Trust me on this, a citybreak with a baby is a doddle. Pack your baby carrier, feeding essentials and you can march to the beat of your own drum. It gets trickier as your babies morph into more demanding toddlers then small people with attitude. All of a sudden you can’t run around a city following a jam-packed itinerary. You have to prioritise parks over museums and no matter how fabulous the city, your kids would always rather be in the hotel pool.
My children are now 7 and 4 and I do miss the days of sticking them in a stroller and wheeling them around a city. For the most part, the 7-year-old is fantastic company but the 4-year-old is more demanding, especially when walking long distances. We recently spent a wonderful 48 hours in Taipei (stay tuned for more!) This is a super city for family travel; pavements are stroller friendly, local transport is easy, clean and cheap and there’s not an overwhelming amount to see so you feel you can tick everything off the list. Here are my tips for managing your citybreak with young kids:
- Bring a small backpack. No matter how old your kids are, you still won’t fit everything you need in your stylish cross-body Marc Jacobs bag. It’s backpack or bust.
- Always factor changeable weather into your day out. Fill your backpack (see point above) with layers.
- Never let your kids choose what shoes to wear. Make them wear their most comfortable shoes.
- Do lots of research on age appropriate activities for your destination. There is so much information out there from family travel blogs to Tripadvisor forums. I also visit my local library to see what guidebooks they have.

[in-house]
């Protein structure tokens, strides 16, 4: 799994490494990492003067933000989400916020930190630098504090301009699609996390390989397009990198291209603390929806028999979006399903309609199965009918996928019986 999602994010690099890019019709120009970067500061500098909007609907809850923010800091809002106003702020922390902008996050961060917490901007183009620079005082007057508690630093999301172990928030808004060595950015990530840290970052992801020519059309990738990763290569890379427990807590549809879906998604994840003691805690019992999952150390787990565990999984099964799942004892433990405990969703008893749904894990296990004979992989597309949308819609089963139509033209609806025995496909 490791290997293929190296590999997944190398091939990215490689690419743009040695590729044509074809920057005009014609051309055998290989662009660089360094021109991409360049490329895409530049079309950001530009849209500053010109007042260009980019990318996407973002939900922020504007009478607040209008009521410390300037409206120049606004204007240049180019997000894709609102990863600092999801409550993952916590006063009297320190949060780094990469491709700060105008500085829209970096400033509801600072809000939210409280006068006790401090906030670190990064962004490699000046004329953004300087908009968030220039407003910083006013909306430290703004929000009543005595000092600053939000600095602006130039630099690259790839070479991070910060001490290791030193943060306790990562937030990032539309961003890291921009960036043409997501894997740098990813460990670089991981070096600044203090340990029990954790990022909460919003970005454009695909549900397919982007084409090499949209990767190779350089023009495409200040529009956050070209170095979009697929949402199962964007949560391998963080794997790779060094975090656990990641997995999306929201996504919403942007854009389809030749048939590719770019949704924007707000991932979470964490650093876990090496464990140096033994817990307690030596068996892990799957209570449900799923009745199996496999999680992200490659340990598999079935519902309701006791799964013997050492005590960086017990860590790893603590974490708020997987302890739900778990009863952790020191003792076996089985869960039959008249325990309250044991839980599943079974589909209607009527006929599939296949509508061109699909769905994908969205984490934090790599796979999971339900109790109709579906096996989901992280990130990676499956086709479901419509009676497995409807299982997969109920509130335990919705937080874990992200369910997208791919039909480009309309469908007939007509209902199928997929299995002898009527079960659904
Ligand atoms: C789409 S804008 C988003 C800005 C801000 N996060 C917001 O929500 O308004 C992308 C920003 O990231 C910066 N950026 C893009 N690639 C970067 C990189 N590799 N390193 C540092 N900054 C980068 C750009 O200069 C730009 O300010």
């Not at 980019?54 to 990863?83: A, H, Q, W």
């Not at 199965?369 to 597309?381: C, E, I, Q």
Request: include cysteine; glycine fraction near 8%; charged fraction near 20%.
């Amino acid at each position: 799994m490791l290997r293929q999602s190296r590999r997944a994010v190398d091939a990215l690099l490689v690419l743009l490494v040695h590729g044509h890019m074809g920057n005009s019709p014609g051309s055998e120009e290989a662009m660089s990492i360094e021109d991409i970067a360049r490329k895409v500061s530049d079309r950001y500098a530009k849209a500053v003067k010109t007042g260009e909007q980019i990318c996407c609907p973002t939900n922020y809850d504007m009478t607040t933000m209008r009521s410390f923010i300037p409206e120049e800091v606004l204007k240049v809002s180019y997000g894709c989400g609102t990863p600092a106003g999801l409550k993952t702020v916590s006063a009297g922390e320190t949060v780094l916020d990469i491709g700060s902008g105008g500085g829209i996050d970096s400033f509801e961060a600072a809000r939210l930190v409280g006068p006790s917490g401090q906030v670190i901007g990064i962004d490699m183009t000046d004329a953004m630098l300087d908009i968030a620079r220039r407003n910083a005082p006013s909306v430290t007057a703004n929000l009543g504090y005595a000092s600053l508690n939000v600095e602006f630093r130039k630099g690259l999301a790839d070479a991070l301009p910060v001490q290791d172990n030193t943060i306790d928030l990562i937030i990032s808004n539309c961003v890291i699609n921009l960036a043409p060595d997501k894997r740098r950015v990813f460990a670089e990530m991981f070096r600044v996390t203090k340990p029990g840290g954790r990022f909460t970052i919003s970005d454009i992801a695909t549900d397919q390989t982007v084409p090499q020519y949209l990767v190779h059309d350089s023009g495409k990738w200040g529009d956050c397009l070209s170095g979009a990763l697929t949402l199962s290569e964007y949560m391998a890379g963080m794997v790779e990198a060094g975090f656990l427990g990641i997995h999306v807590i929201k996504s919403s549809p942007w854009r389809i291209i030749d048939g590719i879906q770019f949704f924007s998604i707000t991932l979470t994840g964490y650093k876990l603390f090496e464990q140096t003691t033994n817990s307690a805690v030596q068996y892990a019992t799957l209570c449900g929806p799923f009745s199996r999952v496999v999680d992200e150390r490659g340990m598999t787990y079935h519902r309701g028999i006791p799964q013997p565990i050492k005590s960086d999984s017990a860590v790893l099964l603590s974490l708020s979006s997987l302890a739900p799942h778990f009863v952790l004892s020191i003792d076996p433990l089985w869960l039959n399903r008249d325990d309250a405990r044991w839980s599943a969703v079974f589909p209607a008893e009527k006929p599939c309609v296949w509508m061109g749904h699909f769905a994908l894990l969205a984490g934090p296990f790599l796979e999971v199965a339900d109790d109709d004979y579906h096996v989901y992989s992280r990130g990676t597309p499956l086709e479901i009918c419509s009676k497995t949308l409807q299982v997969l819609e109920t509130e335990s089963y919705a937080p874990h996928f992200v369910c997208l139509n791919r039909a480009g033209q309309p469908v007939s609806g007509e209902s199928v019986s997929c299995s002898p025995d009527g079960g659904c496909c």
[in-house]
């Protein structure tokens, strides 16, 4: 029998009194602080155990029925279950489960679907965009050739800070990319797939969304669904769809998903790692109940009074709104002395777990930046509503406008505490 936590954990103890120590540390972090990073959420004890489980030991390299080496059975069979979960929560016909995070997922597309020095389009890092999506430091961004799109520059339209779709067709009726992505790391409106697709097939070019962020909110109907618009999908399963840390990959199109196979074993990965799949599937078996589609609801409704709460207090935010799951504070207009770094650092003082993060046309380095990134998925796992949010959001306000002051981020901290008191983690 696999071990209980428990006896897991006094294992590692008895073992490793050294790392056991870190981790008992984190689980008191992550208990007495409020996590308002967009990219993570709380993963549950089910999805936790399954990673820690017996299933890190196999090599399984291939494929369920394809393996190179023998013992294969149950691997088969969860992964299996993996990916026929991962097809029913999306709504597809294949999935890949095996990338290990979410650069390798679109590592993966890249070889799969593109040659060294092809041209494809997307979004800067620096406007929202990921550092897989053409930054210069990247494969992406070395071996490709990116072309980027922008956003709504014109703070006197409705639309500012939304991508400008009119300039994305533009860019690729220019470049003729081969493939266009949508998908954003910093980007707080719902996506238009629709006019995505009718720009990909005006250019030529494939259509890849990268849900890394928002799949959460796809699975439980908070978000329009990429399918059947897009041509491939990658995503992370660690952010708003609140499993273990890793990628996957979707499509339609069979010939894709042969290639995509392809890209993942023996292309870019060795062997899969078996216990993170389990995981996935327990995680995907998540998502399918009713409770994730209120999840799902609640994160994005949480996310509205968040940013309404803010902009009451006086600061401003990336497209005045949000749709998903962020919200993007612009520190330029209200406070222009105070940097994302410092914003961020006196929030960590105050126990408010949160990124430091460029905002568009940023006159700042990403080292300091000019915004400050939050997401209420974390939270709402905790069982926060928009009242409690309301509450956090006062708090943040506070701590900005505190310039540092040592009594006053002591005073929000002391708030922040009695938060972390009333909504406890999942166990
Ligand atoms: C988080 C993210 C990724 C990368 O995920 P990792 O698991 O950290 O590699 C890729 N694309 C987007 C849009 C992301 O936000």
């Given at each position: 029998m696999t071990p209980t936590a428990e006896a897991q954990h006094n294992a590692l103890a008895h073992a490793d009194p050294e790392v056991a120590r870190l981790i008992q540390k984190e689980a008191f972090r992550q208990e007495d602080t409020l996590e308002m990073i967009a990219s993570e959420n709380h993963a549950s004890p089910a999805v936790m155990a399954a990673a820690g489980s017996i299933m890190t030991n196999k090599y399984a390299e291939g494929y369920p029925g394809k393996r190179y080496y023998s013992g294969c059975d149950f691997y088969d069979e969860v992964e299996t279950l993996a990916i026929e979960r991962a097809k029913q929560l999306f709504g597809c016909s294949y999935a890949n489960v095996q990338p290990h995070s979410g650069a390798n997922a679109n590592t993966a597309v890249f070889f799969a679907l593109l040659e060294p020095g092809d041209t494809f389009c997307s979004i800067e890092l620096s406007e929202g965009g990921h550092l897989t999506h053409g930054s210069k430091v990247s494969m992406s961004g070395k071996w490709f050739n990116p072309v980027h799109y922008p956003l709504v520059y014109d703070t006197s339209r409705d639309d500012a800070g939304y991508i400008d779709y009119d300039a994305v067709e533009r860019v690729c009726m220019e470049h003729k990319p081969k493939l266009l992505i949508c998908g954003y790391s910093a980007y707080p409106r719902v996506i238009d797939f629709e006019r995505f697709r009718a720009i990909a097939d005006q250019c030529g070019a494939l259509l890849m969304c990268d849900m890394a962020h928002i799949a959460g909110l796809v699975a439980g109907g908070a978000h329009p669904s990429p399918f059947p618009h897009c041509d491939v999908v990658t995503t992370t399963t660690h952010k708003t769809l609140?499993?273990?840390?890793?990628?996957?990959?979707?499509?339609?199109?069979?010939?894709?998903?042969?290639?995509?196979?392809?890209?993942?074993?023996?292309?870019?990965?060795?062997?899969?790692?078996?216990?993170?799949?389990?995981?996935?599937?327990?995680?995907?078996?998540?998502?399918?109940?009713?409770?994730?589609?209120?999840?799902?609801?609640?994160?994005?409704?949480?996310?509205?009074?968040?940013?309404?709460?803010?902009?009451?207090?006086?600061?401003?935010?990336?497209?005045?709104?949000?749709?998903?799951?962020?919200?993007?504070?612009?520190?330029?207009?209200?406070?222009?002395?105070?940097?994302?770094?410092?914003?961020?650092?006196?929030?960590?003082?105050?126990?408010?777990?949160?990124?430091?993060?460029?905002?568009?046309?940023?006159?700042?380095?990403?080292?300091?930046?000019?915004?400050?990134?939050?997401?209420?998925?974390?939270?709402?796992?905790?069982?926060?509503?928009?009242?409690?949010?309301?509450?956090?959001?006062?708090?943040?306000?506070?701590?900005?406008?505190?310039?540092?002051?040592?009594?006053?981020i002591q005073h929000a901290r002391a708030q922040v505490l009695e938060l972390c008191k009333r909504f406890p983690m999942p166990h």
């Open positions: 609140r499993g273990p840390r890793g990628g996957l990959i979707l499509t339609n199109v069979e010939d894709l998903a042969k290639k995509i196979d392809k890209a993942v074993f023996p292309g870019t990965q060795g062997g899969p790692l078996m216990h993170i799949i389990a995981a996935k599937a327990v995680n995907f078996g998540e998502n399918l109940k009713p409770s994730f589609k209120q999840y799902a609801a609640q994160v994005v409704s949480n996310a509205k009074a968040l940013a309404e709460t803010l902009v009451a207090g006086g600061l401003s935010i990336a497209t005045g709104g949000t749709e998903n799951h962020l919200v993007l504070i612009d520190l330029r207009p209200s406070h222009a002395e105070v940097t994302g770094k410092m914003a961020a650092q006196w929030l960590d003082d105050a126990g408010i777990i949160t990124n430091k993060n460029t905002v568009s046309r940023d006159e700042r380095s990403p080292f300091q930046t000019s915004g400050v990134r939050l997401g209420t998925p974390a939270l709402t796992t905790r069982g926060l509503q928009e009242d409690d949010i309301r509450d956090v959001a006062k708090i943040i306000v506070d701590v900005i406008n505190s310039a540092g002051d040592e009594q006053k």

- Once you have done your research, do a rough outline of your day. You should always check the opening times of attractions (I realised many in Taipei were closed on a Monday) and you might even find a day where museums are free (e.g. Wednesday in Hong Kong). I use google maps to work out the best way to get from one attraction to the next. In fact sometimes the journey is part of the fun e.g. riding on the Thames Clipper in London or the Tram in Hong Kong. If you’re in a country where English is limited, you may want to consider hiring a local guide with a car.
- Go through your itinerary with your kids. I like to give my 7-year-old some options to find out what she would most be interested in and she loves to feel involved.
- Edit your itinerary again. If you think your wayward toddler will be out of place in a quiet art gallery, is it really worth it?
- Locate parks with great playgrounds – your kids will thank you for it.
- Carry hand sanitiser and tissues in your backpack
- Have plenty of water and snacks to hand
- A fun way to have your kids engage with the city is to arm them with a disposable camera or sketch pad and pens.
- If you are still using a stroller, bring a lightweight one that is easy to fold. I almost envy those of you that are still at stroller age, it would make life a lot easier with my 4 year old who will only walk a short distance then demand to be carried!
- Even if you are a devoted foodie, choose restaurants that will be suitable for your little ones. There’s no point having your Michelin starred meal ruined by a tantruming toddler who only wants fries. If it’s really important to you to visit that special restaurant, book a babysitter. On a recent visit to Taipei, we wanted to make the most of the food at the local night markets. I knew that my kids might not appreciate all that was on offer so I gave them a mini dinner at the hotel so they wouldn’t be starving and then they were content to munch on extra goodies at the market.
- Where possible book a hotel with a swimming pool. It’s always useful to have this up your sleeve as bribery for visiting museums!